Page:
Alaska Trial & Triumph

Part 3 of our Alaska Adventures

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We see carved bears everywhere.

Day 15
Monday, June 17, 2019
Tok RV Village, AK

Finally got a good night’s sleep. Yay! 

We’re taking advantage of full hook-ups to get chores done. Did three loads of laundry last night and another three today.

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This sign in the laundry room gave us a chuckle.

Chuck checked all the tires, tightened the lug nuts, greased the hitch, dumped the hot water tank and cleaned out the back of the truck and the rear storage of the trailer (so much dust from the gravel roads!). He also cleaned the inside of the trailer top to bottom. Although they do have an RV wash here, the outside will have to wait. It’s a bit pricy and we’d have to do it before we left in the morning. We’ve got a long drive ahead so we’ll wait. We’re also planning another dirt road trek next week so we’ll wait on washing the truck too.

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Tok RV Village. We’re having to adjust our expectations for RV parks. This was nearly $60 a night for an unlevel, gravel site.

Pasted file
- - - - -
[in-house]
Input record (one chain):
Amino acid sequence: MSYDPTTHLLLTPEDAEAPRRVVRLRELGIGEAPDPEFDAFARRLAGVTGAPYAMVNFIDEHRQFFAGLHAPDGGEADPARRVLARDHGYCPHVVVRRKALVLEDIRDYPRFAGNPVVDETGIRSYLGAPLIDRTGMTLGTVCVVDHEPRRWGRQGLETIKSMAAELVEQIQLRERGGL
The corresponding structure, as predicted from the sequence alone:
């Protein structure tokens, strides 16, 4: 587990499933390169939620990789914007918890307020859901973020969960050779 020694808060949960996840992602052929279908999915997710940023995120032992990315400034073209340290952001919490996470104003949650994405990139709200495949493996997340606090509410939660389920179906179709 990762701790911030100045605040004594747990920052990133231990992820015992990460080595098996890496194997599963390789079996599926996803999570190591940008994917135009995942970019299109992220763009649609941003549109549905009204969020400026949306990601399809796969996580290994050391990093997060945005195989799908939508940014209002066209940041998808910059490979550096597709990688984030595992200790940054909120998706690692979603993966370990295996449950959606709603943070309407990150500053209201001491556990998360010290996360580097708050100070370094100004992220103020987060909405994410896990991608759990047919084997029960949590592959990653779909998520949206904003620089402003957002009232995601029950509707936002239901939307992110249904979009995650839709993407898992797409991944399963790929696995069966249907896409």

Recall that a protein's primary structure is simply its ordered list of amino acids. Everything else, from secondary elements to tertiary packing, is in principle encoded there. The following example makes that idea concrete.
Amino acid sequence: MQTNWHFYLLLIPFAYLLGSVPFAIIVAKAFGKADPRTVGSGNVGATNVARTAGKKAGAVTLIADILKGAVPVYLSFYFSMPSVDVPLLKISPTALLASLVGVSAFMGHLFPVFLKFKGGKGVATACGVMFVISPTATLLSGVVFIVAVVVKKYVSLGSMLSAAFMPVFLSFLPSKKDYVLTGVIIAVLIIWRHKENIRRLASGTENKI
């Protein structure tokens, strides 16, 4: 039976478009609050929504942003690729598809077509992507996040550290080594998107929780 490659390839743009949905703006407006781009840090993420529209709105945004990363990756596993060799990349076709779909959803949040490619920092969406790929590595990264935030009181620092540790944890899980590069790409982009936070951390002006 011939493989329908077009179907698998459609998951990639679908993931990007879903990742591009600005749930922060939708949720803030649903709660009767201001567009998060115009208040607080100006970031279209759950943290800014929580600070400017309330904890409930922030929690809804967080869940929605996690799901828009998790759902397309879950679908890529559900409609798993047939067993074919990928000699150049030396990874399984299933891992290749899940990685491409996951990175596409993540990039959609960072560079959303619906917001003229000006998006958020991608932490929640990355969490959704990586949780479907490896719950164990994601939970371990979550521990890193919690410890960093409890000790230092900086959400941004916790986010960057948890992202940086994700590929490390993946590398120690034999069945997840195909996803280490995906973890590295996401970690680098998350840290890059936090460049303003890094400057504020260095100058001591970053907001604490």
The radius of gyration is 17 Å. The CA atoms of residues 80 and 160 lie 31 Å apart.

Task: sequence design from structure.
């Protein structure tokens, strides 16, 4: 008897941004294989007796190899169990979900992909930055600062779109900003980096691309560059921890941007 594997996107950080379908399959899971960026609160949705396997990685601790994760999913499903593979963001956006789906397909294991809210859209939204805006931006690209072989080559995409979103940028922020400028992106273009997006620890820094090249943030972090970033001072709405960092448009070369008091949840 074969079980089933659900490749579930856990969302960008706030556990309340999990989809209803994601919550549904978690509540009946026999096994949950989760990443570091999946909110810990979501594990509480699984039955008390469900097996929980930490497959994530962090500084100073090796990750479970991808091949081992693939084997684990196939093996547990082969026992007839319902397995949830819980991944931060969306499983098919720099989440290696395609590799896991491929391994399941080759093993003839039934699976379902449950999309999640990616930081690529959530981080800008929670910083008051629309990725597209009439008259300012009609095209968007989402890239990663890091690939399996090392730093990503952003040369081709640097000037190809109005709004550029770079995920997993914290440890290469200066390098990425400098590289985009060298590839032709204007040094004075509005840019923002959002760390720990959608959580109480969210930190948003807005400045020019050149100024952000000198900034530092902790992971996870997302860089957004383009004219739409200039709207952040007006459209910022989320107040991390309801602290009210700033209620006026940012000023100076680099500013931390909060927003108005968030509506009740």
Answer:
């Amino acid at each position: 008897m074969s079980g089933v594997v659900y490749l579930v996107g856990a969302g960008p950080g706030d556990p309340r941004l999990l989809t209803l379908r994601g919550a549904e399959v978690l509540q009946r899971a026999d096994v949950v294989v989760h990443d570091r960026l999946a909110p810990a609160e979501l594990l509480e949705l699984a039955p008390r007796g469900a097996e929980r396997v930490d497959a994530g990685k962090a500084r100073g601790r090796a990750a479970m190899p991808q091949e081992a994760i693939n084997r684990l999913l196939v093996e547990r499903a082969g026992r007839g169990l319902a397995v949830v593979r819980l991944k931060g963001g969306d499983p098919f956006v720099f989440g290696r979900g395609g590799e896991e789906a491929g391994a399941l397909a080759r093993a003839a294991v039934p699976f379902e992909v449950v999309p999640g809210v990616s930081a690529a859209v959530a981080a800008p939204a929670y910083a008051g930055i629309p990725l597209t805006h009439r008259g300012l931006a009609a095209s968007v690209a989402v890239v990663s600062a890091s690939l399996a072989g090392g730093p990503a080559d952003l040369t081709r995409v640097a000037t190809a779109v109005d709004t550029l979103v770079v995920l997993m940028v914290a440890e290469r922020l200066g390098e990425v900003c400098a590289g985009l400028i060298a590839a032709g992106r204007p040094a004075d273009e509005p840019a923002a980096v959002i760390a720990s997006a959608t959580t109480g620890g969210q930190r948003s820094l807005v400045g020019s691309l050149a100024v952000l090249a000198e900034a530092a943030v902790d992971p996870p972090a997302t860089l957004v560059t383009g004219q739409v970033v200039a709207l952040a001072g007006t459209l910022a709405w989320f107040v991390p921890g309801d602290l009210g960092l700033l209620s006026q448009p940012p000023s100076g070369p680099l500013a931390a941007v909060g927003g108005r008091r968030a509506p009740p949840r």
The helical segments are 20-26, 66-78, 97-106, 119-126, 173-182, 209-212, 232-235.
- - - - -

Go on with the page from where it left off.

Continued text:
Had lunch at the only restaurant in Tok, Fast Eddy’s. Wasn’t bad. Then went to the grocery store and filled the truck with diesel, best price we’ve paid since we left, 3.12/gallon. We were paying well over $4/gallon in Canada.

Day 16
Tok, AK to Chitina, AK to Kenny Lake, AK
230 Miles, 8.5 hours

Well the wheels are falling off this adventure, literally. Alaska is beating us up and we’re about ready to throw in the towel. But back to the beginning. 

We headed out of Tok on Highway 1, also known as the Tok Cutoff. It goes all the way to Anchorage but our destination was Wrangall-St. Elias National Park. The road started out fine near Tok but the further we got the worse it became. I know I’ve said that the roads keep getting worse, well today was the extreme. It was bad enough that there were constant ripples in the road so we were bouncing along trying to avoid the larger potholes. I couldn’t even read from our Milepost guidebook.